The whole set really is a musical universe unto itself; to say the performers were off with the fairies is an understatement to say the least. Probably the closest contemporary parallel would be the strange fey fairy folk ambient music scene that used to exist in Kyogle in northern New South Wales some years ago. The music takes its inspiration from free-form jazz without appearing jazzy at all. What became of the performers after they recorded their five albums is unknown but if they knew their body of musical work has survived down to the present, they would surely be overjoyed. A new generation of listeners can finally discover the performers’ strange rituals and journeys to another world for themselves.

After forty years, the music remains fresh and as loopy as it must have been at the time. My copy of the set is a digitally remastered one and the hiss and crackle of the original vinyl do not appear.

Reissue of this Japanese early '70s performance group. The group's name is literally the icons for a "circle," "triangle" and "square," with "Maru Sankaku Shikaku" substituting as a translation for those images. Circle Triangle Square were a painted bunch of commune rockers and percussion tribe second to none, whose random bells, flute and remedial tea-tray flailings were still more like the Godz or Nihilist Spasm Band than the deep theta-space obliterations of Taj Mahal Travellers. Led by future Murahatchibu drummer Sahuro "Kant" Watanabe, CTS were part of an elite bunch of Shinjuku Futen bands who actually made it onto record. Digitally remastered. Includes a 16-page booklet with notes by band leader Sahuro "Kant" Watanabe. Contains the original LP artwork.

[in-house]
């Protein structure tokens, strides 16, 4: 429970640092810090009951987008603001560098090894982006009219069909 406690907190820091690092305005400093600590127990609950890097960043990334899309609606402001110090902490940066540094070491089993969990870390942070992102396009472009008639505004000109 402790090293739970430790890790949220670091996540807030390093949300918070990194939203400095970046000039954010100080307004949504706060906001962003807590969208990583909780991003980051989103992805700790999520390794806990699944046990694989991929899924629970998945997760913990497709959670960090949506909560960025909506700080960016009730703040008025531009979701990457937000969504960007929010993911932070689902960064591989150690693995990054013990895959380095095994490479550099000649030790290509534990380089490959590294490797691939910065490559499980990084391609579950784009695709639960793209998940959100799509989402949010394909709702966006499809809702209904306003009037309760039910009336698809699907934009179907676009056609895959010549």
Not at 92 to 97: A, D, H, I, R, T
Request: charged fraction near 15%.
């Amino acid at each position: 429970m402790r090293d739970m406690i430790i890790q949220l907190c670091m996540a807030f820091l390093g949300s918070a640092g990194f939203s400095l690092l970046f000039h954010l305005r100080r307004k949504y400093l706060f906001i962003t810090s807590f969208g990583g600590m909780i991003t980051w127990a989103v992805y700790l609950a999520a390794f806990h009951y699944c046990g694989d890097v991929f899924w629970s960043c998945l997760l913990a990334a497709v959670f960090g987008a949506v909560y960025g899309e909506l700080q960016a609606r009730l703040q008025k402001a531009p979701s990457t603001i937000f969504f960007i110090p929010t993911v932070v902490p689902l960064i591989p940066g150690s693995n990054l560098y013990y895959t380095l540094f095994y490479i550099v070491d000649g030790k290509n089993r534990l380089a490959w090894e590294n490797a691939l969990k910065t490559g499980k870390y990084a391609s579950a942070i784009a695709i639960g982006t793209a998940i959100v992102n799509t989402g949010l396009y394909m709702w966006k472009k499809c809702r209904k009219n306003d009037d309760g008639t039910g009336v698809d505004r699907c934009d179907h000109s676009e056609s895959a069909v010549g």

Reissue of this Japanese early '70s performance group. The group's name is literally the icons for a "circle," "triangle" and "square," with "Maru Sankaku Shikaku" substituting as a translation for those images. Circle Triangle Square were a painted bunch of commune rockers and percussion tribe second to none, whose random bells, flute and remedial tea-tray flailings were still more like the Godz or Nihilist Spasm Band than the deep theta-space obliterations of Taj Mahal Travellers. Led by future Murahatchibu drummer Sahuro "Kant" Watanabe, CTS were part of an elite bunch of Shinjuku Futen bands who actually made it onto record. Digitally remastered. Includes a 16-page booklet with notes by band leader Sahuro "Kant" Watanabe. Contains the original LP artwork.
"Unlikely triple CD reissue of this amazing Japanese underground obscurity: Maru Sanaku Shikaku aka Circle Triangle Square, were a radical free-improvising street theatre ensemble founded by Sakuro Watanabe in 1970 and featuring a rotating ensemble of musicians that included Reck and Chiko Hige of legendary Japanese No Wave groups 3/3 and Friction. Disregarding skill or technique, the group play extended acid jams that marry the cultic feel of classic Kraut séances with a goofy Familiar Ugly approach to joyful noise and the kind of abstruse musical strategies that would reconcile the higher-minded drone of Taj Mahal Travellers with the total musical freedom of NNCK and The Godz. It’s mind-boggling to think that these studio recordings came out in 1973 as they sound completely contemporary, taking freak folk modes and radically deconstructed rock jams and extrapolating them to the moon. There are ginchy guitar jams that come over like Tom Rapp jamming Corky’s Debt To His Father, percussion pile-ups and soft lunar ragas that are pure Tower Recordings and the kind of massively dislocated spontaneous psychedelia – complete with mind-phasing F/X and massed vocal chants – that would link them to a tradition that runs through Group Ongaku, East Bionic Symphonia, Marginal Consort et al. A phenomenal set that turns linear underground histories on their head. Highly recommended." Volcanic Tongue